Reference : Bryophytes are predicted to lag behind future climate change despite their high dispe...
Scientific journals : Article
Life sciences : Phytobiology (plant sciences, forestry, mycology...)
http://hdl.handle.net/2268/252327
Bryophytes are predicted to lag behind future climate change despite their high dispersal capacities
English
Zanatta, Florian* [> >]
Engler, Robin* [> >]
Collart, Flavien* mailto [Université de Liège - ULiège > Département de Biologie, Ecologie et Evolution > Biologie de l'évolution et de la conservation - aCREA-Ulg >]
Broennimann, Olivier [> >]
Mateo, Ruben G. [> >]
Papp, Beata [> >]
Muñoz, Jesus [> >]
Baurain, Denis mailto [Université de Liège - ULiège > Département des sciences de la vie > Phylogénomique des eucaryotes >]
Guisan, Antoine* [> >]
Vanderpoorten, Alain* mailto [Université de Liège - ULiège > Département de Biologie, Ecologie et Evolution > Biologie de l'évolution et de la conservation - aCREA-Ulg >]
* These authors have contributed equally to this work.
2020
Nature Communications
Nature Publishing Group
11
5601
Yes (verified by ORBi)
International
2041-1723
United Kingdom
[en] Bryophyte ; Climate change ; Distribution ; Dispersion ; Modelling
[en] The extent to which species can balance out the loss of suitable habitats due to climate warming by shifting their ranges is an area of controversy. Here, we assess whether highly efficient wind-dispersed organisms like bryophytes can keep-up with projected shifts in their areas of suitable climate. Using a hybrid statistical-mechanistic approach accounting for spatial and temporal variations in both climatic and wind conditions, we simulate future migrations across Europe for 40 bryophyte species until 2050. The median ratios between predicted range loss vs expansion by 2050 across species and climate change scenarios range from 1.6 to 3.3 when only shifts in climatic suitability were considered, but increase to 34.7–96.8 when species dispersal abilities are added to our models. This highlights the importance of accounting for dispersal restrictions when projecting future distribution ranges and suggests that even highly dispersive organisms like bryophytes are not equipped to fully track the rates of ongoing climate change in the course of the next decades.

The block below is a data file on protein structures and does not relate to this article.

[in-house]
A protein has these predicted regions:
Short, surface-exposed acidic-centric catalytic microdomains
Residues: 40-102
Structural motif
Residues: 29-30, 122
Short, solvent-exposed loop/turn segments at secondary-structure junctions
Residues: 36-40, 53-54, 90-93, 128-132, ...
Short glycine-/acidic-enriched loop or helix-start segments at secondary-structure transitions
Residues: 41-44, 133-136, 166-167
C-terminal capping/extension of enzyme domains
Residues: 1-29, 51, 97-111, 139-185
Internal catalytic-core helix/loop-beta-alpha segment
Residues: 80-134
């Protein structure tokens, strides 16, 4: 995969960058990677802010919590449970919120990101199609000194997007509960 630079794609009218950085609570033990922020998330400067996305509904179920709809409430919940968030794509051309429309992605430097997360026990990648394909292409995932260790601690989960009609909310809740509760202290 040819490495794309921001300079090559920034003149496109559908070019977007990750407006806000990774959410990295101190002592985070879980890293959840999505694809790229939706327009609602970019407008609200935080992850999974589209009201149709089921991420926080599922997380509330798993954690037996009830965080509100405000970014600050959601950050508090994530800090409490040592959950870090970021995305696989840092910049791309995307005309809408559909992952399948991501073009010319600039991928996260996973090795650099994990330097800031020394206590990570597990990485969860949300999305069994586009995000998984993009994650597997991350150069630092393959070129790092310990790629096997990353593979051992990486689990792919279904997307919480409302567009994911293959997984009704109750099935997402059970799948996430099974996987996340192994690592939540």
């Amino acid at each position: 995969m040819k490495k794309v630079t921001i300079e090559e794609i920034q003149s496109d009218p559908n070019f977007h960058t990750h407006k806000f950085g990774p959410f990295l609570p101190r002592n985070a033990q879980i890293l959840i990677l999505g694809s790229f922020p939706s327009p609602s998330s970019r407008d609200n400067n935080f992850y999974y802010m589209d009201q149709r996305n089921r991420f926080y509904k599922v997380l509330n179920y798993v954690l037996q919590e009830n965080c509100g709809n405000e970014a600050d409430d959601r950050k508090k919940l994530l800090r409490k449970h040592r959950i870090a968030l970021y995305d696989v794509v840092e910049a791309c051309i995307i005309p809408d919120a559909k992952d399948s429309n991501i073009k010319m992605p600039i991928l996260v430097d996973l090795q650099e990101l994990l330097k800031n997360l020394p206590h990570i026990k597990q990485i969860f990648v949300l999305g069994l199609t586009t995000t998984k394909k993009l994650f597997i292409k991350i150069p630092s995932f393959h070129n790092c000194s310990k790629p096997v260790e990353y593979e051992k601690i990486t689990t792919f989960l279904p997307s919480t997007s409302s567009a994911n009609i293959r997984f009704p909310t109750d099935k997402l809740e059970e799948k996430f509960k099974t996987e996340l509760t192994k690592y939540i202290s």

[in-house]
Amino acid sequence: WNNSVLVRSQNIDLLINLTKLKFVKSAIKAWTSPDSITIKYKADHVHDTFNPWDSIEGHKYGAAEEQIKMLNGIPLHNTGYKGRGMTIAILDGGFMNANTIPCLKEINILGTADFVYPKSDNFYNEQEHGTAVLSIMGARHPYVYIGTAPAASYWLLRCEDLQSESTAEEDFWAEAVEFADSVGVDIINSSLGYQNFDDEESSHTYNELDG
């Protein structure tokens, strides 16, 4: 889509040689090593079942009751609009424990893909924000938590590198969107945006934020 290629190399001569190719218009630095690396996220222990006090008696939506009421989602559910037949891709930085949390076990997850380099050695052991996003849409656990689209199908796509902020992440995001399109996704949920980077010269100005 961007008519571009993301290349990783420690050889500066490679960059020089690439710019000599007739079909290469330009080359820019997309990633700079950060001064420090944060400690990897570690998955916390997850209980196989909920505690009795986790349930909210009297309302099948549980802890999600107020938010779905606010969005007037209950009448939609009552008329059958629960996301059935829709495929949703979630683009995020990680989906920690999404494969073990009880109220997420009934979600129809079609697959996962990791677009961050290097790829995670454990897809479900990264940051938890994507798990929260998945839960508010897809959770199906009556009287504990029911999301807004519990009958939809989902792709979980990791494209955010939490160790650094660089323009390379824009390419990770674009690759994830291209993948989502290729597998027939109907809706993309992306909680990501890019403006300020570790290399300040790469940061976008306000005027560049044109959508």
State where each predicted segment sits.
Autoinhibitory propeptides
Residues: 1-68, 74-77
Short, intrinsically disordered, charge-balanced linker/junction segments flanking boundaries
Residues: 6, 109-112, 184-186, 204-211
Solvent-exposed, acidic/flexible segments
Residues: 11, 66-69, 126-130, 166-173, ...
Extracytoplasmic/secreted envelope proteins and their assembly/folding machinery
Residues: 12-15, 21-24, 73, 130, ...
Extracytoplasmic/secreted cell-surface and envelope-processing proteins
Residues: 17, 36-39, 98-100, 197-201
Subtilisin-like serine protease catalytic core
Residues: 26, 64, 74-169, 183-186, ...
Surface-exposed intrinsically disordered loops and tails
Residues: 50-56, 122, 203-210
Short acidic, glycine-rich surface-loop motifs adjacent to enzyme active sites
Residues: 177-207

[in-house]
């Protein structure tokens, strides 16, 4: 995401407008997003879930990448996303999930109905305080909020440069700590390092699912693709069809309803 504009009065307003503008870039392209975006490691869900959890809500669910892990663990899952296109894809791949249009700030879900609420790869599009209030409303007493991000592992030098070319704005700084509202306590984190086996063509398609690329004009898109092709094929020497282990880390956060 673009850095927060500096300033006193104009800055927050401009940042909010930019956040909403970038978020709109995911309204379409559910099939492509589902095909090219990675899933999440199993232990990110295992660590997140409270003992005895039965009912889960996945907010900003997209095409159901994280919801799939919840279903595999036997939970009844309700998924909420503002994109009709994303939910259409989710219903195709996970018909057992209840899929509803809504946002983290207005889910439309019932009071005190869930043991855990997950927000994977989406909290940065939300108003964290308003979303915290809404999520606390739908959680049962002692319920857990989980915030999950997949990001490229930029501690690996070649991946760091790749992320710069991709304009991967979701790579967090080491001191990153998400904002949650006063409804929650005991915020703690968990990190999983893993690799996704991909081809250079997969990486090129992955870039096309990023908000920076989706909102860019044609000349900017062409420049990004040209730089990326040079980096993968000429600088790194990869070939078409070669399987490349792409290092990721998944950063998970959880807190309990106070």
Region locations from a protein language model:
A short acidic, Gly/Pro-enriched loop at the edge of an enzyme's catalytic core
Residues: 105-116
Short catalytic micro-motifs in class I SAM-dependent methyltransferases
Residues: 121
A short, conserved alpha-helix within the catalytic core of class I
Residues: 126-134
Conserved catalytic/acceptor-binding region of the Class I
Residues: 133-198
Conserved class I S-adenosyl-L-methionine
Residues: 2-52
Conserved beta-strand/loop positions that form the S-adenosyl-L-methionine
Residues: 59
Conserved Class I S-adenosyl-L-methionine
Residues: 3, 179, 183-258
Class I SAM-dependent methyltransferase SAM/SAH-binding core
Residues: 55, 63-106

CÉCI - Consortium des Équipements de Calcul Intensif ; FRIA - Fonds pour la Formation à la Recherche dans l'Industrie et dans l'Agriculture ; Tier-1 ; ULiège - Université de Liège ; F.R.S.-FNRS - Fonds de la Recherche Scientifique
Researchers ; Professionals
http://hdl.handle.net/2268/252327
10.1038/s41467-020-19410-8

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